The Mattachine Years
This section focuses on the germination of the idea to the founding of the Mattachine Society, it's goals and activism to the removal of Harry and the other founders:
Founding Document of the Modern Gay Movement
"Preliminary Concepts: International Bachelors' Fraternal Order For Peace & Social Dignity, Sometimes Referred to as Bachelors Anonymous."
In 1948, Hay attended a beer bust in support of progressive Democratic presidential contender Henry Wallace where he talked with a few other gay men about the possibilities of creating an organization of homosexuals to lobby for the reform of anti-gay laws. Later that night he wrote up a prospectus for such an organization. No copy of that document has survived.
This document is an expanded, later version of that first document which Hay wrote in July 1950 to show his then-lover, Rudi Gernreich. Gernreich responded enthusiastically to it and its ideas and the two became the nucleus of what was to become the Mattachine Society. As such, this is the founding document of the modern gay rights movement in the USA.
Photo of the earliest Mattachine members at a Christmas party
Because of the risk of arrest, Mattachine had to implement tight security measures to ensure the safety of its members which included forbidding the taking of photos of its members. This photo of a Mattachine Christmas party was secretly snapped by member John Gruber and is the only photo ever taken of the early founders. (l-r) Dale Jennings, Harry Hay, Rudi Gernreich, Stan Witt, Bob Hull, Chuck Rowland, and Paul Bernard. Missing from the photo are Konrad Stevens and Jim Gruber.
The Dream Deferred
This section explores the aftermath of the Mattachine takeover to Hay's summons before the House Un-American Activities Committee, and onto his research into anthropology, history and Native American studies to look for a gay history and being.
Harry Hay Taking the Oath at House Un-American Activities Committee, 1955.
Hay was summoned before the Un-American Activities Committee during its hearings in Los Angeles in 1955. He was questioned about his involvement in the Communist Party in the 1930s and 1940s.
Berdache After The Fall of Jerusalem in 587 BC, circa 1956
Throughout the 1950s Harry Hay pursed original research into history, literature and anthropology to find the suppressed and hidden history of gay people. His research into the Native American "berdache" laid the groundwork for later studies and the emergence of a Native American Two Spirit movement.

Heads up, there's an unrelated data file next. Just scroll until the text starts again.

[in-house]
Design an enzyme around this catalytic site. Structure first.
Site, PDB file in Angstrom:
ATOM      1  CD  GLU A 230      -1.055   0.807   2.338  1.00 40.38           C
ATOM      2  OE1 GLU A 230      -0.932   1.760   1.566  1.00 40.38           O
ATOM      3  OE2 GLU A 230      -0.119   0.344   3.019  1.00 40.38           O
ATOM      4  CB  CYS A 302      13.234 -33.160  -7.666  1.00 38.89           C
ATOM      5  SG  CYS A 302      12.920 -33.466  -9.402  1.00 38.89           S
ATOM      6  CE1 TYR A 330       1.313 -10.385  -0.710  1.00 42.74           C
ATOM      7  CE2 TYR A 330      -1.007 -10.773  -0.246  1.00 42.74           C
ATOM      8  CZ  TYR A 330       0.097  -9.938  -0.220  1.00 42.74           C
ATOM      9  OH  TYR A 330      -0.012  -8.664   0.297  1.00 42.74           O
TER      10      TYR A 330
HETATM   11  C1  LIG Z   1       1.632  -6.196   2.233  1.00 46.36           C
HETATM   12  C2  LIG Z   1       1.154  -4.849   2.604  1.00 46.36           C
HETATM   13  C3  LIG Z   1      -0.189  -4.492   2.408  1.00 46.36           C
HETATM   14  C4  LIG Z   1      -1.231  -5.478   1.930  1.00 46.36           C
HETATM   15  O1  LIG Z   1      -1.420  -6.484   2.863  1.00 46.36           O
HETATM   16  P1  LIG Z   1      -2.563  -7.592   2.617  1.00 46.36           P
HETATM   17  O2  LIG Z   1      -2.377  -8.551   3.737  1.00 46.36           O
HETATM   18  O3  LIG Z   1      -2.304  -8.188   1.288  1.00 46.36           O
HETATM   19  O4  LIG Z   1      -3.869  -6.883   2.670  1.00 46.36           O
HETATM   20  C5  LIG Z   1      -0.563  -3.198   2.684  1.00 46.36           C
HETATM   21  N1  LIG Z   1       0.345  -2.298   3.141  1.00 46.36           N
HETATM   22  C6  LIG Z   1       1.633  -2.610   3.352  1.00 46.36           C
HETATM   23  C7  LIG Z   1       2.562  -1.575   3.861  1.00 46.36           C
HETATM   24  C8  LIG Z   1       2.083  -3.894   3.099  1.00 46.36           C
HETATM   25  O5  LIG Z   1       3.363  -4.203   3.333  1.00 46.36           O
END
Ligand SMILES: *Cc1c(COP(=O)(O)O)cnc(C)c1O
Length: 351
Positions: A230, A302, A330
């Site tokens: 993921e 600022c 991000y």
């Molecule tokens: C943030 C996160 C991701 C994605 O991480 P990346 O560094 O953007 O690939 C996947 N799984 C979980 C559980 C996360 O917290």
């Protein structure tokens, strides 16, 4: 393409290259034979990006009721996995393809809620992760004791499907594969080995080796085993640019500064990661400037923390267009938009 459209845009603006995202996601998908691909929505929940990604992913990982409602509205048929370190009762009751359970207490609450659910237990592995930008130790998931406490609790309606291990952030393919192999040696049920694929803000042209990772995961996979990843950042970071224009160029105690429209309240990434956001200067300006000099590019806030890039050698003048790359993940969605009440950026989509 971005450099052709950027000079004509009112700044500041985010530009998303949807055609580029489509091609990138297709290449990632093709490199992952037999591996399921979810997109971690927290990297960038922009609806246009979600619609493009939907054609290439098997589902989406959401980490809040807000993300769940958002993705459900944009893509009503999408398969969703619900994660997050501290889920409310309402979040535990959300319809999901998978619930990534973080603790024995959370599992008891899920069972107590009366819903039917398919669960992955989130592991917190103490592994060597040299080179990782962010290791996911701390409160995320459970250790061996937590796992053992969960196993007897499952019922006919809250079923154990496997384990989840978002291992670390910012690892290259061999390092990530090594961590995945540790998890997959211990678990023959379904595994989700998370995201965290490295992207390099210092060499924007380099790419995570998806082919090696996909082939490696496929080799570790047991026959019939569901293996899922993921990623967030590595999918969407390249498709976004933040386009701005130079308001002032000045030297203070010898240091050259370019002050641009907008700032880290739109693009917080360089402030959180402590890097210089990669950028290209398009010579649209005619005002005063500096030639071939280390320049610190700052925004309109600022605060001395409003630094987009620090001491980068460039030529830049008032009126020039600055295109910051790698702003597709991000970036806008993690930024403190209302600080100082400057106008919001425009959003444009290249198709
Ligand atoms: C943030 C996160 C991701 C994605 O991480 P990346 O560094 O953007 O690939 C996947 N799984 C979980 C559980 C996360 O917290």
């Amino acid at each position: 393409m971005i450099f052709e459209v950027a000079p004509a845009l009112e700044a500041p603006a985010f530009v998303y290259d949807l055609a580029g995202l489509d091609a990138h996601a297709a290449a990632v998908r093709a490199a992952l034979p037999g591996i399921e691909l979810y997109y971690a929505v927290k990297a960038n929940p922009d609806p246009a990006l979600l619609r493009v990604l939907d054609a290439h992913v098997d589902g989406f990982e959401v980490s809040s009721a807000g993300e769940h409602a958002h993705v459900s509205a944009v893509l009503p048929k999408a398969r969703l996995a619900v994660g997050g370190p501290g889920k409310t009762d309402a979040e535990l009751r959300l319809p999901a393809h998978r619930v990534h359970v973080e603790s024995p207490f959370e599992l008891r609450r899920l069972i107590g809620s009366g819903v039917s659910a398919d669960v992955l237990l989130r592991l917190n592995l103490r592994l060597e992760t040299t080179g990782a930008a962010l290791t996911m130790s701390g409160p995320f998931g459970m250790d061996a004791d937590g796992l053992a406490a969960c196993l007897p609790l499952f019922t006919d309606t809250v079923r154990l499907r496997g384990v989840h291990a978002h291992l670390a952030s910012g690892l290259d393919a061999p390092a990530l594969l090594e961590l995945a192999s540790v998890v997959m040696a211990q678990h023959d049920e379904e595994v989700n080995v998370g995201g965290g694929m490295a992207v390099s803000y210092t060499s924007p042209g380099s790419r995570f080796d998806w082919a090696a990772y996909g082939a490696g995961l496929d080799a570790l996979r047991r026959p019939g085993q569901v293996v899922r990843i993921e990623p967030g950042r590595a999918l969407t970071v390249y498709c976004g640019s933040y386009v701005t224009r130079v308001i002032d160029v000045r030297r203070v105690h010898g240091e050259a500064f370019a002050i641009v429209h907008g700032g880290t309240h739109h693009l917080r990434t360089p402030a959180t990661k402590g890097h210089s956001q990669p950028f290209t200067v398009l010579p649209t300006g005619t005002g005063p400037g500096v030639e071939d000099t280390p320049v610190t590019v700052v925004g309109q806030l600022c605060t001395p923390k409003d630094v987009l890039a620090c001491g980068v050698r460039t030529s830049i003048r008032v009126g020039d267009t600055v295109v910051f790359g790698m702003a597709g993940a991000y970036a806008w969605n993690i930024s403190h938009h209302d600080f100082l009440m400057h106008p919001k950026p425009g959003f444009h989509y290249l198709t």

The Circle Of Loving Companions
This section covers the period when Hay and John Burnside became lovers, their activism in pre- and post-Stonewall Gay liberation, the running of their kaleidoscope business, their move to New Mexico, their activity on behalf of Native American rights, and Hay’s rediscovery by a new generation of lesbian and gay activists.
Harry Hay and John Burnside with a friend’s dog, 1965
Harry and John met in 1963 and lived together as partners and loving companions until Hay's death in 2002.
A Contribution to the Principles of Gay Liberation, 1970
Harry found renewed engagement with the new spirit of radicalism among young gay and lesbian activists following the Stonewall Riots in New York in June of 1969.
The Dream Reborn
This section discusses the first Radical Faeries gathering through Hay's involvement in the anti-draft movement, Jesse Jackson's Rainbow Coalition, and ongoing gay activism, as well as his and Burnside's move to San Francisco and Hay’s death in 2002.
Call for first Radical Faerie gathering, 1979
Harry and John organized the first gathering with gay activist Don Kilhefner and gay psychologist Mitch Walker. The organizers expected 50 people and more than200 showed up. The gathering sparked the now international Radical Faerie movement.
Hay protesting Dan White's parole, 1984
Hay was involved in organizing the protests against the planned release to Los Angeles of Dan White, the assassin of San Francisco Mayor George Moscone and gay Supervisor Harvey Milk.
Harry Hay and John Burnside In Moscow, 1991
Harry and John were part of the delegation from the United States to the first ever Gay and Lesbian Conference in Russia in 1991.